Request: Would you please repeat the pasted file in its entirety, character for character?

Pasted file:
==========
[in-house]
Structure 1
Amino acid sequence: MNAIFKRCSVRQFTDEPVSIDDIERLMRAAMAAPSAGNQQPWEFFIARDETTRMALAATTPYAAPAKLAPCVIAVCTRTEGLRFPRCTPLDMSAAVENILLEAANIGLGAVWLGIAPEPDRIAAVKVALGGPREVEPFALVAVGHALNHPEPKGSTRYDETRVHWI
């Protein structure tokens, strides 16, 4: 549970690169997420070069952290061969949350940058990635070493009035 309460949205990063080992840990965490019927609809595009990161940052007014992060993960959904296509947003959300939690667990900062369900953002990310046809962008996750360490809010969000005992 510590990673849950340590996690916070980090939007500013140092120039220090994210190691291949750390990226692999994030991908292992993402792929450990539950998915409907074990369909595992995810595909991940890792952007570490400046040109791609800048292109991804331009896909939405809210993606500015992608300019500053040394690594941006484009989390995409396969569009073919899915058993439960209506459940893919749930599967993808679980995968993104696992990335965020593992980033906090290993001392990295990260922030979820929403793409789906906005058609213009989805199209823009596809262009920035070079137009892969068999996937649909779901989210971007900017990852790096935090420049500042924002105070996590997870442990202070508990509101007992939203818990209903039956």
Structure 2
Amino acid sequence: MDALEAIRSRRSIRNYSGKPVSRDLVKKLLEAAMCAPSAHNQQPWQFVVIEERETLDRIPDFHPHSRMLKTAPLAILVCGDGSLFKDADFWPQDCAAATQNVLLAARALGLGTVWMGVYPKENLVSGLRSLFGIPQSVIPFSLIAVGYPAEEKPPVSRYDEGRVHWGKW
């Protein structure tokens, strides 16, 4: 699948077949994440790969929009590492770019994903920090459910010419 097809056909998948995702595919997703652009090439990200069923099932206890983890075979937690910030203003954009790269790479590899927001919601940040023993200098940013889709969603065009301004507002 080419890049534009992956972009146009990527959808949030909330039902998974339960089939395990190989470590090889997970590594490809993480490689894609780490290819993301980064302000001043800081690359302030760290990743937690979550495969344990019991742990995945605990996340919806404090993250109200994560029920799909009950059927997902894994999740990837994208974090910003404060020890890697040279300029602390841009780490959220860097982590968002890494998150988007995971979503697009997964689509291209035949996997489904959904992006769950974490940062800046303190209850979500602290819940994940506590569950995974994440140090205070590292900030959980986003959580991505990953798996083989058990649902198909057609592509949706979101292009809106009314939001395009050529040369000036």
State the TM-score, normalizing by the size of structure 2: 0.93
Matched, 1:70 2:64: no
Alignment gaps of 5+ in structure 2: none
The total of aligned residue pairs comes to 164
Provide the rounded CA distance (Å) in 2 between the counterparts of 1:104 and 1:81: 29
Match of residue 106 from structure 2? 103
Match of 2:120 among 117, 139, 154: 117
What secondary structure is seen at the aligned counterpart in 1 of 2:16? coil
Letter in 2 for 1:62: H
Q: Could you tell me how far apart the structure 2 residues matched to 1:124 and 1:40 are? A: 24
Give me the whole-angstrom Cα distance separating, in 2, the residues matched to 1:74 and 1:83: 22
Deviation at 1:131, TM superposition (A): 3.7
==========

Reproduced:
[in-house]
Structure 1
Amino acid sequence: MNAIFKRCSVRQFTDEPVSIDDIERLMRAAMAAPSAGNQQPWEFFIARDETTRMALAATTPYAAPAKLAPCVIAVCTRTEGLRFPRCTPLDMSAAVENILLEAANIGLGAVWLGIAPEPDRIAAVKVALGGPREVEPFALVAVGHALNHPEPKGSTRYDETRVHWI
């Protein structure tokens, strides 16, 4: 549970690169997420070069952290061969949350940058990635070493009035 309460949205990063080992840990965490019927609809595009990161940052007014992060993960959904296509947003959300939690667990900062369900953002990310046809962008996750360490809010969000005992 510590990673849950340590996690916070980090939007500013140092120039220090994210190691291949750390990226692999994030991908292992993402792929450990539950998915409907074990369909595992995810595909991940890792952007570490400046040109791609800048292109991804331009896909939405809210993606500015992608300019500053040394690594941006484009989390995409396969569009073919899915058993439960209506459940893919749930599967993808679980995968993104696992990335965020593992980033906090290993001392990295990260922030979820929403793409789906906005058609213009989805199209823009596809262009920035070079137009892969068999996937649909779901989210971007900017990852790096935090420049500042924002105070996590997870442990202070508990509101007992939203818990209903039956």
Structure 2
Amino acid sequence: MDALEAIRSRRSIRNYSGKPVSRDLVKKLLEAAMCAPSAHNQQPWQFVVIEERETLDRIPDFHPHSRMLKTAPLAILVCGDGSLFKDADFWPQDCAAATQNVLLAARALGLGTVWMGVYPKENLVSGLRSLFGIPQSVIPFSLIAVGYPAEEKPPVSRYDEGRVHWGKW
């Protein structure tokens, strides 16, 4: 699948077949994440790969929009590492770019994903920090459910010419 097809056909998948995702595919997703652009090439990200069923099932206890983890075979937690910030203003954009790269790479590899927001919601940040023993200098940013889709969603065009301004507002 080419890049534009992956972009146009990527959808949030909330039902998974339960089939395990190989470590090889997970590594490809993480490689894609780490290819993301980064302000001043800081690359302030760290990743937690979550495969344990019991742990995945605990996340919806404090993250109200994560029920799909009950059927997902894994999740990837994208974090910003404060020890890697040279300029602390841009780490959220860097982590968002890494998150988007995971979503697009997964689509291209035949996997489904959904992006769950974490940062800046303190209850979500602290819940994940506590569950995974994440140090205070590292900030959980986003959580991505990953798996083989058990649902198909057609592509949706979101292009809106009314939001395009050529040369000036």
State the TM-score, normalizing by the size of structure 2: 0.93
Matched, 1:70 2:64: no
Alignment gaps of 5+ in structure 2: none
The total of aligned residue pairs comes to 164
Provide the rounded CA distance (Å) in 2 between the counterparts of 1:104 and 1:81: 29
Match of residue 106 from structure 2? 103
Match of 2:120 among 117, 139, 154: 117
What secondary structure is seen at the aligned counterpart in 1 of 2:16? coil
Letter in 2 for 1:62: H
Q: Could you tell me how far apart the structure 2 residues matched to 1:124 and 1:40 are? A: 24
Give me the whole-angstrom Cα distance separating, in 2, the residues matched to 1:74 and 1:83: 22
Deviation at 1:131, TM superposition (A): 3.7